Special Counsel Robert Mueller is reportedly “close to completion” of his probe into whether President Trump obstructed justice, as The Wall Street Journal reports that Trump’s legal team is working with Mueller to wrap up the Russia collusion investigation.
Bloomberg News reports that Mueller would likely set aside the obstruction probe to complete other facets of the investigation. “That’s because Mueller may calculate that if he tries to bring charges in the obstruction case — the part that may hit closest to Trump personally — witnesses may become less cooperative in other parts of the probe, or the president may move to shut it down altogether.”
The president’s legal team, fearful that Trump will incriminate himself and/or ramble unhelpfully, has been increasingly cool to the idea of a sit-down, and have begun floating nigh-on-impossible conditions for such a tête-à-tête.
Last week, his lawyers floated the (comic) notion of agreeing to a presidential interview if Mueller promised to wrap up the portion of his investigation dealing directly with the president within 60 days.
Any clear outcome of the obstruction inquiry could be used against Mueller: Filing charges against Trump or his family could prompt the president to take action to fire him.” Bloomberg reported. “Publicly clearing Trump of obstruction charges — as the president’s lawyers have requested — could be used by his allies to build pressure for the broader investigation to be shut down.”
Former Attorney General Eric Holder predicted that Mueller will eventually file obstruction charges:
“You technically have an obstruction of justice case that already exists,” Holder, who served under then-President Obama, said on HBO’s “Real Time with Bill Maher.” “I’ve known Bob Mueller for 20, 30 years; my guess is he’s just trying to make the case as good as he possibly can. So, I think that we have to be patient in that regard.”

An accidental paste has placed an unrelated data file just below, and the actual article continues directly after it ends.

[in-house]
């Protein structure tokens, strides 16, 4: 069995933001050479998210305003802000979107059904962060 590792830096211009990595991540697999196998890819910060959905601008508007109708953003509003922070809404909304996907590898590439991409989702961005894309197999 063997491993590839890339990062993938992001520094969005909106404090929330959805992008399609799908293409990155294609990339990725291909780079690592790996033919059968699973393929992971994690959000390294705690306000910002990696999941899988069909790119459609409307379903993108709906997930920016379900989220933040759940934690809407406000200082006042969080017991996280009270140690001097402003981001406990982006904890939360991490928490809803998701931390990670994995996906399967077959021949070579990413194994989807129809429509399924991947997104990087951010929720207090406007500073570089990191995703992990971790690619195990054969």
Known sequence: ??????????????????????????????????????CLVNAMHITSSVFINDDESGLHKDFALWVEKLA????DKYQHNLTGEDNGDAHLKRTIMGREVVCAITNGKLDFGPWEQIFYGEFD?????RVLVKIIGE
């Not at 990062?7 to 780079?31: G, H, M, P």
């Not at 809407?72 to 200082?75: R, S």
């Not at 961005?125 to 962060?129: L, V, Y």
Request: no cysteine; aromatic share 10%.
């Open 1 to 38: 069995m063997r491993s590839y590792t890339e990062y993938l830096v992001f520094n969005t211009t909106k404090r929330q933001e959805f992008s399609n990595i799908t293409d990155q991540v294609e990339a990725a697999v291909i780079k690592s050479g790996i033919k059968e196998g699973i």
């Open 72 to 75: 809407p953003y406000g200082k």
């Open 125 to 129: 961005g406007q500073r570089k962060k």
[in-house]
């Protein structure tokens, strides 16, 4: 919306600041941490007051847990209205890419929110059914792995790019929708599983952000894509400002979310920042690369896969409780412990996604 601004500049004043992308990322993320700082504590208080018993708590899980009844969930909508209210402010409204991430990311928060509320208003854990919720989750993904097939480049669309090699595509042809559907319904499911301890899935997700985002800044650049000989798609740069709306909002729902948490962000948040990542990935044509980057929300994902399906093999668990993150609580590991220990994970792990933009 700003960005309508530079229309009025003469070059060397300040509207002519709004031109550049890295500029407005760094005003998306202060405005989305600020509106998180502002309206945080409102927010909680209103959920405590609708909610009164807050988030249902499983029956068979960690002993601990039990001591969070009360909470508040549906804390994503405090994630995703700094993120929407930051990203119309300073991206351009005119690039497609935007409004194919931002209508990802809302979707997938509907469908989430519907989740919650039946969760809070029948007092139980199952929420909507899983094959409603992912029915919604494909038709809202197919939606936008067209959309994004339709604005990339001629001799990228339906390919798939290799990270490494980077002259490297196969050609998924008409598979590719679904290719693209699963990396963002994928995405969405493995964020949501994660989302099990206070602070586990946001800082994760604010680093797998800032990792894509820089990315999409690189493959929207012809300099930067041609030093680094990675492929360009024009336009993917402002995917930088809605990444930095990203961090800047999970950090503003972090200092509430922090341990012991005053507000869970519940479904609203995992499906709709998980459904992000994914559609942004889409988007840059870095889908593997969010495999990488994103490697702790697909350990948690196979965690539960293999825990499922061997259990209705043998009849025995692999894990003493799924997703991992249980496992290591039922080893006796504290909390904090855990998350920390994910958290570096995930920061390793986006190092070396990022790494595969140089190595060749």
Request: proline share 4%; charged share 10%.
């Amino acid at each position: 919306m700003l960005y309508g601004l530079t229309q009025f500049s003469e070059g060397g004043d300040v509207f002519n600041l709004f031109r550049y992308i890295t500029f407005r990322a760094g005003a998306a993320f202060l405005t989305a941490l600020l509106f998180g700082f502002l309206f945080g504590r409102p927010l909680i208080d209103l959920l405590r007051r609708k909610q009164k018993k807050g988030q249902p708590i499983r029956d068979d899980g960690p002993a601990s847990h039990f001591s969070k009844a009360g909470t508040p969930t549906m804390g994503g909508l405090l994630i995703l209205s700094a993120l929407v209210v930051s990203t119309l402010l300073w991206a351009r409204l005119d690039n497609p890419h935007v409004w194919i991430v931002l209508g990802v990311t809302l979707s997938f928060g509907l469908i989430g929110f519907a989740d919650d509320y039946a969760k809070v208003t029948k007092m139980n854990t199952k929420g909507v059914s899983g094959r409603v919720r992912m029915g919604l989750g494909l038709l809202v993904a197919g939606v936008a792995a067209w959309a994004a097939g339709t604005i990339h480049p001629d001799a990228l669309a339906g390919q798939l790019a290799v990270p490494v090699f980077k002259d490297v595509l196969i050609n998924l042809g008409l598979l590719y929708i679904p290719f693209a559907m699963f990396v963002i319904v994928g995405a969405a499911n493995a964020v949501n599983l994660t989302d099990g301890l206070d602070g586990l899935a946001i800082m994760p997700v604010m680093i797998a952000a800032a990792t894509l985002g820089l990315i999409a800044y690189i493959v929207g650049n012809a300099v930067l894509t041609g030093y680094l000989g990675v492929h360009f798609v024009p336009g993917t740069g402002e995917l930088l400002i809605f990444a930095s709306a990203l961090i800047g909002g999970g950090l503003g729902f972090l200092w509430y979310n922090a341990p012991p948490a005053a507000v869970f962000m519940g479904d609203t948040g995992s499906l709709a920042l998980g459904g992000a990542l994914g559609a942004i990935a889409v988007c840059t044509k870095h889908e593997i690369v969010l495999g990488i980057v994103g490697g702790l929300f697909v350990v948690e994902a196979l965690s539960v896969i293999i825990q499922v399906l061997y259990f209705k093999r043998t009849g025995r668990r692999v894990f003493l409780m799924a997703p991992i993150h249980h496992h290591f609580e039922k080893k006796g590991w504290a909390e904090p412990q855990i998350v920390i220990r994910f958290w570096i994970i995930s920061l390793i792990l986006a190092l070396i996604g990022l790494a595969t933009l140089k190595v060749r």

Lucy Parsons Project Racists Protest Pakistanian Middle Eastern Cafe in San Fransisco
Looks like the GOP can’t help funding fake “progressive” organizations under the guise of fighting for black rights. What’s the new “cause?” A half dozen white women have been daily protesting a local Middle Eastern Cafe owned by a Manny Yekutiel, a man of Pakistani Jewish Descent whose family fled persecution in Pakistan.
Manny Yekutiel opened his eponymous Manny’s in November, calling the Middle Eastern cafe and restaurant in downtown San Francisco a “civic social gathering space.” His goal for the Mission District eatery was “to create a central, accessible and affordable place to go to become a better informed and more involved citizen,” he told the San Francisco Examiner.
Manny’s has earned praise for hosting talks with speakers on issues ranging from Black Lives Matter to urban sustainability.
But Yekutiel, who is Jewish, is being protested weekly, accused of espousing “racist, Zionist, pro-Israel ideals.” His café has been vandalized and painted with anti-Semitic and anti-Israel slogans over and over again — mainly by White racists.
The only allegation seemingly against him is that he is Jewish. Yekutiel has even said he does not support everything the Israeli government does and disagrees with its treatment of the Palestinians — and has many friends who are Palestinian.